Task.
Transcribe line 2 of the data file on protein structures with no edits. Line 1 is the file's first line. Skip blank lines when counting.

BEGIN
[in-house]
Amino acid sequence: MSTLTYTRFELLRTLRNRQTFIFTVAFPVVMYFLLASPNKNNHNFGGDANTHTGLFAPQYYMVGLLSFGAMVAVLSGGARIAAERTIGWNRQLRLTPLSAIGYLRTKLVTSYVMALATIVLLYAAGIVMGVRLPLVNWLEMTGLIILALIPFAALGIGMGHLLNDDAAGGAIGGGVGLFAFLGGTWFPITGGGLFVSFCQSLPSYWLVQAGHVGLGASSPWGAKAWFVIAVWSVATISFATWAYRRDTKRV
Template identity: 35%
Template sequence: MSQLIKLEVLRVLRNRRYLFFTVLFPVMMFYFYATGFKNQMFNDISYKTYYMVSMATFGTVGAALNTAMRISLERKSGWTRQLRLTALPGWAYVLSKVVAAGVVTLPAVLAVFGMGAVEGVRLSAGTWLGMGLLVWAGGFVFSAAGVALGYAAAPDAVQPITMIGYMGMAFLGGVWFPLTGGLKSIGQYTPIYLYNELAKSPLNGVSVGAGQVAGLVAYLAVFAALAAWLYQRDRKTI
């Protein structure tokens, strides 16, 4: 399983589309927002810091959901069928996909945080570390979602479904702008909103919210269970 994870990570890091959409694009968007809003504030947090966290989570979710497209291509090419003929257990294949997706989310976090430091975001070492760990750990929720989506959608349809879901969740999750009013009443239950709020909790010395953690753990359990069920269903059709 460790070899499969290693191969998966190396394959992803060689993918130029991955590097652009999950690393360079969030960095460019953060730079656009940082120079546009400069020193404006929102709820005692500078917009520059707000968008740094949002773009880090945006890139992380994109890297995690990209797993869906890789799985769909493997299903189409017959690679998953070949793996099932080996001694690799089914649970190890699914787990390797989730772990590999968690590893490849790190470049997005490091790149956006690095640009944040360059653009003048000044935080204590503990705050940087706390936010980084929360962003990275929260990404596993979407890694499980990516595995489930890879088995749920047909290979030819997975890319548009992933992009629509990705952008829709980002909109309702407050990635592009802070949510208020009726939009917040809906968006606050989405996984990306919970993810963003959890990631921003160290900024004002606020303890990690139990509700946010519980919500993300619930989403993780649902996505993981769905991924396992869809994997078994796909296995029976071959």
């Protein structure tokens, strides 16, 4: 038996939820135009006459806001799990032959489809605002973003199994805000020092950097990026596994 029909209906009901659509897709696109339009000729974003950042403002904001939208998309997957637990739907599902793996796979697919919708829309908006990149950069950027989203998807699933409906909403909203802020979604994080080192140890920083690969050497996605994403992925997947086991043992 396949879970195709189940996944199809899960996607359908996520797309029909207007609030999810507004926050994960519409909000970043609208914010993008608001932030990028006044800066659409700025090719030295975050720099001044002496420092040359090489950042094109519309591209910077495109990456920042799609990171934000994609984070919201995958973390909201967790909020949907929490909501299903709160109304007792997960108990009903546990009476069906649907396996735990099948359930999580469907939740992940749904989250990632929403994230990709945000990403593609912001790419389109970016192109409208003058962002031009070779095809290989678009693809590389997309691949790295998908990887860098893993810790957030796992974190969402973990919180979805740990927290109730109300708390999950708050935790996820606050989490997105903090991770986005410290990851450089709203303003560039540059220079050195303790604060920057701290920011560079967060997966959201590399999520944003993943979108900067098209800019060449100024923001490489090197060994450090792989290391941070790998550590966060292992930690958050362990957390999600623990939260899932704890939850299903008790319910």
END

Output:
Amino acid sequence: MSTLTYTRFELLRTLRNRQTFIFTVAFPVVMYFLLASPNKNNHNFGGDANTHTGLFAPQYYMVGLLSFGAMVAVLSGGARIAAERTIGWNRQLRLTPLSAIGYLRTKLVTSYVMALATIVLLYAAGIVMGVRLPLVNWLEMTGLIILALIPFAALGIGMGHLLNDDAAGGAIGGGVGLFAFLGGTWFPITGGGLFVSFCQSLPSYWLVQAGHVGLGASSPWGAKAWFVIAVWSVATISFATWAYRRDTKRV